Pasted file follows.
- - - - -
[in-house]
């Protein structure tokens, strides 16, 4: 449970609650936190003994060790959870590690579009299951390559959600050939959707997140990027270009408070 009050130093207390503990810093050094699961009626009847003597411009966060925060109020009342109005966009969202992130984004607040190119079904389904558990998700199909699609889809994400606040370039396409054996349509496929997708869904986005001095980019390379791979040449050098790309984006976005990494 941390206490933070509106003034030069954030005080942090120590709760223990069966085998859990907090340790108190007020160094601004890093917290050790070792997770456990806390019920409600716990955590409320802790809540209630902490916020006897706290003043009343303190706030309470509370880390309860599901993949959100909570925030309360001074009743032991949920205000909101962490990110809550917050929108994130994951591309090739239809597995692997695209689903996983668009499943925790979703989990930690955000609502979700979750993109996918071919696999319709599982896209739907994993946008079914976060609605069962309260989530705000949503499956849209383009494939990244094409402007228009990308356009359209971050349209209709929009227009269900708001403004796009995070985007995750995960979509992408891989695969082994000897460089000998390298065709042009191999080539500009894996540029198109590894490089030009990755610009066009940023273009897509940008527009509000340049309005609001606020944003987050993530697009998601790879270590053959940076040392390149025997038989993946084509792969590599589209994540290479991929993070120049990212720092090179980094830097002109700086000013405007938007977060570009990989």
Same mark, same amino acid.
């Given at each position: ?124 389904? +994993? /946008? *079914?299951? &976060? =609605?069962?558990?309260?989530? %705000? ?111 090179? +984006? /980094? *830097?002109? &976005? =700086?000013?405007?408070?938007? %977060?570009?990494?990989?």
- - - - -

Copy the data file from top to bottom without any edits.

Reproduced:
[in-house]
């Protein structure tokens, strides 16, 4: 449970609650936190003994060790959870590690579009299951390559959600050939959707997140990027270009408070 009050130093207390503990810093050094699961009626009847003597411009966060925060109020009342109005966009969202992130984004607040190119079904389904558990998700199909699609889809994400606040370039396409054996349509496929997708869904986005001095980019390379791979040449050098790309984006976005990494 941390206490933070509106003034030069954030005080942090120590709760223990069966085998859990907090340790108190007020160094601004890093917290050790070792997770456990806390019920409600716990955590409320802790809540209630902490916020006897706290003043009343303190706030309470509370880390309860599901993949959100909570925030309360001074009743032991949920205000909101962490990110809550917050929108994130994951591309090739239809597995692997695209689903996983668009499943925790979703989990930690955000609502979700979750993109996918071919696999319709599982896209739907994993946008079914976060609605069962309260989530705000949503499956849209383009494939990244094409402007228009990308356009359209971050349209209709929009227009269900708001403004796009995070985007995750995960979509992408891989695969082994000897460089000998390298065709042009191999080539500009894996540029198109590894490089030009990755610009066009940023273009897509940008527009509000340049309005609001606020944003987050993530697009998601790879270590053959940076040392390149025997038989993946084509792969590599589209994540290479991929993070120049990212720092090179980094830097002109700086000013405007938007977060570009990989």
Same mark, same amino acid.
């Given at each position: ?124 389904? +994993? /946008? *079914?299951? &976060? =609605?069962?558990?309260?989530? %705000? ?111 090179? +984006? /980094? *830097?002109? &976005? =700086?000013?405007?408070?938007? %977060?570009?990494?990989?």